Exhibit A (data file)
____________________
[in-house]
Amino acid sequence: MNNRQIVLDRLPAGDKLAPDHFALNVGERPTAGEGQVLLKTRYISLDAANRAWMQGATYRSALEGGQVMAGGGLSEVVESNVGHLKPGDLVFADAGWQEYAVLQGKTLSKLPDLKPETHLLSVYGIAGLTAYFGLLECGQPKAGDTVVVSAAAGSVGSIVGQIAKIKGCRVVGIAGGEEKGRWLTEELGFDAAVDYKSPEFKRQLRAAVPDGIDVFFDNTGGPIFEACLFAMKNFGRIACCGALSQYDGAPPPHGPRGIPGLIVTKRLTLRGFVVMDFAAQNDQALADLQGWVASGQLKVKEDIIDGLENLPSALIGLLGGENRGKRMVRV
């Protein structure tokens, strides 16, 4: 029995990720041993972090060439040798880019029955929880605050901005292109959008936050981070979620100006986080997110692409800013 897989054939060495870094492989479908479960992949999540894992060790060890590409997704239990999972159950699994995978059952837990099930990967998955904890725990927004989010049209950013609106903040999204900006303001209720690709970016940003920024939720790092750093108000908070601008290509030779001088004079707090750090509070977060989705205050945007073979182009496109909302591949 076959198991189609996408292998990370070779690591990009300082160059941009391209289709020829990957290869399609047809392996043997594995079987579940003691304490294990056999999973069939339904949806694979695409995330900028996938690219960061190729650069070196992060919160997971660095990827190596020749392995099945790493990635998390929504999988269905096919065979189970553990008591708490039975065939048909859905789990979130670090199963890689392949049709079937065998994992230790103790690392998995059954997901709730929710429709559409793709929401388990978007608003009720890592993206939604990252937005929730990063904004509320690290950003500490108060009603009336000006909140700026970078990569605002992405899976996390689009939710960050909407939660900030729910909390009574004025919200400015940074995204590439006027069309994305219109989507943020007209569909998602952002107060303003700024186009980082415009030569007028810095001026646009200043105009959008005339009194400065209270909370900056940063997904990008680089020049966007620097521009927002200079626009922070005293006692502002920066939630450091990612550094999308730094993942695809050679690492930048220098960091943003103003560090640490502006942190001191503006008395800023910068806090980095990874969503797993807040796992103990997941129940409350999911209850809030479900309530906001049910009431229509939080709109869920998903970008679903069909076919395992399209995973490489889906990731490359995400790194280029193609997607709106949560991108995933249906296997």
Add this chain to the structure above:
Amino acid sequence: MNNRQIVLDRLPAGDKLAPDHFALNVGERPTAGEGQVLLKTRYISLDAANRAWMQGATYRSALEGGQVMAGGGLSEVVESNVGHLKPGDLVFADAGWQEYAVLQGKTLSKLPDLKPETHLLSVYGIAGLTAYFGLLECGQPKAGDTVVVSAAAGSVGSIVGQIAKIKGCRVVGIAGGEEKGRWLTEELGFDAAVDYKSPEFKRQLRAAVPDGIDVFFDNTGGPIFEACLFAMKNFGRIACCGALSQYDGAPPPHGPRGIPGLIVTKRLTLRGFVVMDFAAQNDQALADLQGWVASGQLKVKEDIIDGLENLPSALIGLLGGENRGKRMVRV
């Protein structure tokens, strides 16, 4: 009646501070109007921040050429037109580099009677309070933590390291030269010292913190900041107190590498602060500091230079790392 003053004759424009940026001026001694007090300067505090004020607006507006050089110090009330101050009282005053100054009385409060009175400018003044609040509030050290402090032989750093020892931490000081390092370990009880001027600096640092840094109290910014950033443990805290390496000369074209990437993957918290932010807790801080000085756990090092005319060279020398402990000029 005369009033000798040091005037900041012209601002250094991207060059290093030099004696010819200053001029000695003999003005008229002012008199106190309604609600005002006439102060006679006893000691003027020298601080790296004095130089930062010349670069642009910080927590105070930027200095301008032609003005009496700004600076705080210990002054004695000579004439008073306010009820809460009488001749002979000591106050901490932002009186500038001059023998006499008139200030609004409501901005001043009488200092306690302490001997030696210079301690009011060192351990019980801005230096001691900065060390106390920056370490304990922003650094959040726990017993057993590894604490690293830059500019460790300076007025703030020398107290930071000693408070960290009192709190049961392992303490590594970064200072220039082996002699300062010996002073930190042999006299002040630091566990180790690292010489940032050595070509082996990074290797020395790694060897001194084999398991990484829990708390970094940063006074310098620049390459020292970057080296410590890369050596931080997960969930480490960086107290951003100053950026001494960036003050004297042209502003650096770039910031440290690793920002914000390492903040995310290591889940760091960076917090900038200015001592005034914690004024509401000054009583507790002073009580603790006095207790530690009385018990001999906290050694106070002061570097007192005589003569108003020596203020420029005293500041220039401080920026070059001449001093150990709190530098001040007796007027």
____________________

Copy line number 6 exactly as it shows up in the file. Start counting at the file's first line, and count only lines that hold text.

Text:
């Protein structure tokens, strides 16, 4: 009646501070109007921040050429037109580099009677309070933590390291030269010292913190900041107190590498602060500091230079790392 003053004759424009940026001026001694007090300067505090004020607006507006050089110090009330101050009282005053100054009385409060009175400018003044609040509030050290402090032989750093020892931490000081390092370990009880001027600096640092840094109290910014950033443990805290390496000369074209990437993957918290932010807790801080000085756990090092005319060279020398402990000029 005369009033000798040091005037900041012209601002250094991207060059290093030099004696010819200053001029000695003999003005008229002012008199106190309604609600005002006439102060006679006893000691003027020298601080790296004095130089930062010349670069642009910080927590105070930027200095301008032609003005009496700004600076705080210990002054004695000579004439008073306010009820809460009488001749002979000591106050901490932002009186500038001059023998006499008139200030609004409501901005001043009488200092306690302490001997030696210079301690009011060192351990019980801005230096001691900065060390106390920056370490304990922003650094959040726990017993057993590894604490690293830059500019460790300076007025703030020398107290930071000693408070960290009192709190049961392992303490590594970064200072220039082996002699300062010996002073930190042999006299002040630091566990180790690292010489940032050595070509082996990074290797020395790694060897001194084999398991990484829990708390970094940063006074310098620049390459020292970057080296410590890369050596931080997960969930480490960086107290951003100053950026001494960036003050004297042209502003650096770039910031440290690793920002914000390492903040995310290591889940760091960076917090900038200015001592005034914690004024509401000054009583507790002073009580603790006095207790530690009385018990001999906290050694106070002061570097007192005589003569108003020596203020420029005293500041220039401080920026070059001449001093150990709190530098001040007796007027």